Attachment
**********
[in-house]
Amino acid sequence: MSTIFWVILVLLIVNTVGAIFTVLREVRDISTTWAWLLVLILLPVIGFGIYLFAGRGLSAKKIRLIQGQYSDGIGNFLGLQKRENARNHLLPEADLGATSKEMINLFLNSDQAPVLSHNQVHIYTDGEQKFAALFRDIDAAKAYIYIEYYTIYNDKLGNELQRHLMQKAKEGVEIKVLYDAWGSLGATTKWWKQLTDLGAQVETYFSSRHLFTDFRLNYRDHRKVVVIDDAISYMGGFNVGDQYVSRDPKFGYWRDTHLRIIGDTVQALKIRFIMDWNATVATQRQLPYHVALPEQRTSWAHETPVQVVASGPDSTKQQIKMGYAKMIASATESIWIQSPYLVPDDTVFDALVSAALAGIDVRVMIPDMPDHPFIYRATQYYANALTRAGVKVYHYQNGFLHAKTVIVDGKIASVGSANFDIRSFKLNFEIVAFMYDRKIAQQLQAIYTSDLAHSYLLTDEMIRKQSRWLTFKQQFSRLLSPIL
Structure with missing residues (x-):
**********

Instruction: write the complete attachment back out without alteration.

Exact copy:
[in-house]
Amino acid sequence: MSTIFWVILVLLIVNTVGAIFTVLREVRDISTTWAWLLVLILLPVIGFGIYLFAGRGLSAKKIRLIQGQYSDGIGNFLGLQKRENARNHLLPEADLGATSKEMINLFLNSDQAPVLSHNQVHIYTDGEQKFAALFRDIDAAKAYIYIEYYTIYNDKLGNELQRHLMQKAKEGVEIKVLYDAWGSLGATTKWWKQLTDLGAQVETYFSSRHLFTDFRLNYRDHRKVVVIDDAISYMGGFNVGDQYVSRDPKFGYWRDTHLRIIGDTVQALKIRFIMDWNATVATQRQLPYHVALPEQRTSWAHETPVQVVASGPDSTKQQIKMGYAKMIASATESIWIQSPYLVPDDTVFDALVSAALAGIDVRVMIPDMPDHPFIYRATQYYANALTRAGVKVYHYQNGFLHAKTVIVDGKIASVGSANFDIRSFKLNFEIVAFMYDRKIAQQLQAIYTSDLAHSYLLTDEMIRKQSRWLTFKQQFSRLLSPIL
Structure with missing residues (x-):